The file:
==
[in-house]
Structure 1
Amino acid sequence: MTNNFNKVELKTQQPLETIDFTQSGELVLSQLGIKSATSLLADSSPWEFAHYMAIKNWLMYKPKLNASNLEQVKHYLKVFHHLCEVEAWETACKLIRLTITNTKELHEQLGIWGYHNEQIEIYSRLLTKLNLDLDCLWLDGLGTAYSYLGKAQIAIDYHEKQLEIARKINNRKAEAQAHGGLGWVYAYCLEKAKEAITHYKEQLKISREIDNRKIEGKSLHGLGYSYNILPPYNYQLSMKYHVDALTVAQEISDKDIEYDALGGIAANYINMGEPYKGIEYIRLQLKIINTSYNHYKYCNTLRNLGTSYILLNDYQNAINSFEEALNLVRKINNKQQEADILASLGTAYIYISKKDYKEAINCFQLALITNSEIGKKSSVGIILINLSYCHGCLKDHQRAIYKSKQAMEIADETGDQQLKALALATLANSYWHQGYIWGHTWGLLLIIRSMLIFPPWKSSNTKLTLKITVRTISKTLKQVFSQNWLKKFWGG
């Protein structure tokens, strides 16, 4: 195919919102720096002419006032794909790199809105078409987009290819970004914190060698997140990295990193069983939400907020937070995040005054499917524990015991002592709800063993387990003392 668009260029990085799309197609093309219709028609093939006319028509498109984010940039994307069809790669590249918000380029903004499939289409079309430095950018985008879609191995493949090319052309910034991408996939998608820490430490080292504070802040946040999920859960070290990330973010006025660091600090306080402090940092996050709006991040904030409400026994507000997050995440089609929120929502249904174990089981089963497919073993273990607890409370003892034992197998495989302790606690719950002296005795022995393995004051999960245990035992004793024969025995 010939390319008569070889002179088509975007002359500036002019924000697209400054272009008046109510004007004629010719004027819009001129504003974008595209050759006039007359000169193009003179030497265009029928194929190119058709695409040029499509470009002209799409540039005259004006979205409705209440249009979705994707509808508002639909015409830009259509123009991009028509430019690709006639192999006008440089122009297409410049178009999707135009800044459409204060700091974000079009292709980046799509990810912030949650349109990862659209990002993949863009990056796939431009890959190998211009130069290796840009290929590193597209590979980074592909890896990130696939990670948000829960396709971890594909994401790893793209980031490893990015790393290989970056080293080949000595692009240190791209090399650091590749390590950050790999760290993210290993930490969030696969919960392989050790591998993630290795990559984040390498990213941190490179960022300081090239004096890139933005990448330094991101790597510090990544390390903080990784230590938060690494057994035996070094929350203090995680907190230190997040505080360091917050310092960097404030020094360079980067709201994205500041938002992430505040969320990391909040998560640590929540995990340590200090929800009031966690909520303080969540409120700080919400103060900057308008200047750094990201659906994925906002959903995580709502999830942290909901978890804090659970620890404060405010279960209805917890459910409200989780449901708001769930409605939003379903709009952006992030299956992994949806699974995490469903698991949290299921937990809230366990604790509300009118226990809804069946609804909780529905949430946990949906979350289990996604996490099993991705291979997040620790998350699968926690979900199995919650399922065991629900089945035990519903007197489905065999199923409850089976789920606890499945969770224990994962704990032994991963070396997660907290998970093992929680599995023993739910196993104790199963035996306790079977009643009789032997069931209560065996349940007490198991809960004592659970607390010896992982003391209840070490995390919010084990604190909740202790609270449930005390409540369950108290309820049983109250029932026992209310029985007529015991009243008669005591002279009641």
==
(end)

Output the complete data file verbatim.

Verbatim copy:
[in-house]
Structure 1
Amino acid sequence: MTNNFNKVELKTQQPLETIDFTQSGELVLSQLGIKSATSLLADSSPWEFAHYMAIKNWLMYKPKLNASNLEQVKHYLKVFHHLCEVEAWETACKLIRLTITNTKELHEQLGIWGYHNEQIEIYSRLLTKLNLDLDCLWLDGLGTAYSYLGKAQIAIDYHEKQLEIARKINNRKAEAQAHGGLGWVYAYCLEKAKEAITHYKEQLKISREIDNRKIEGKSLHGLGYSYNILPPYNYQLSMKYHVDALTVAQEISDKDIEYDALGGIAANYINMGEPYKGIEYIRLQLKIINTSYNHYKYCNTLRNLGTSYILLNDYQNAINSFEEALNLVRKINNKQQEADILASLGTAYIYISKKDYKEAINCFQLALITNSEIGKKSSVGIILINLSYCHGCLKDHQRAIYKSKQAMEIADETGDQQLKALALATLANSYWHQGYIWGHTWGLLLIIRSMLIFPPWKSSNTKLTLKITVRTISKTLKQVFSQNWLKKFWGG
């Protein structure tokens, strides 16, 4: 195919919102720096002419006032794909790199809105078409987009290819970004914190060698997140990295990193069983939400907020937070995040005054499917524990015991002592709800063993387990003392 668009260029990085799309197609093309219709028609093939006319028509498109984010940039994307069809790669590249918000380029903004499939289409079309430095950018985008879609191995493949090319052309910034991408996939998608820490430490080292504070802040946040999920859960070290990330973010006025660091600090306080402090940092996050709006991040904030409400026994507000997050995440089609929120929502249904174990089981089963497919073993273990607890409370003892034992197998495989302790606690719950002296005795022995393995004051999960245990035992004793024969025995 010939390319008569070889002179088509975007002359500036002019924000697209400054272009008046109510004007004629010719004027819009001129504003974008595209050759006039007359000169193009003179030497265009029928194929190119058709695409040029499509470009002209799409540039005259004006979205409705209440249009979705994707509808508002639909015409830009259509123009991009028509430019690709006639192999006008440089122009297409410049178009999707135009800044459409204060700091974000079009292709980046799509990810912030949650349109990862659209990002993949863009990056796939431009890959190998211009130069290796840009290929590193597209590979980074592909890896990130696939990670948000829960396709971890594909994401790893793209980031490893990015790393290989970056080293080949000595692009240190791209090399650091590749390590950050790999760290993210290993930490969030696969919960392989050790591998993630290795990559984040390498990213941190490179960022300081090239004096890139933005990448330094991101790597510090990544390390903080990784230590938060690494057994035996070094929350203090995680907190230190997040505080360091917050310092960097404030020094360079980067709201994205500041938002992430505040969320990391909040998560640590929540995990340590200090929800009031966690909520303080969540409120700080919400103060900057308008200047750094990201659906994925906002959903995580709502999830942290909901978890804090659970620890404060405010279960209805917890459910409200989780449901708001769930409605939003379903709009952006992030299956992994949806699974995490469903698991949290299921937990809230366990604790509300009118226990809804069946609804909780529905949430946990949906979350289990996604996490099993991705291979997040620790998350699968926690979900199995919650399922065991629900089945035990519903007197489905065999199923409850089976789920606890499945969770224990994962704990032994991963070396997660907290998970093992929680599995023993739910196993104790199963035996306790079977009643009789032997069931209560065996349940007490198991809960004592659970607390010896992982003391209840070490995390919010084990604190909740202790609270449930005390409540369950108290309820049983109250029932026992209310029985007529015991009243008669005591002279009641």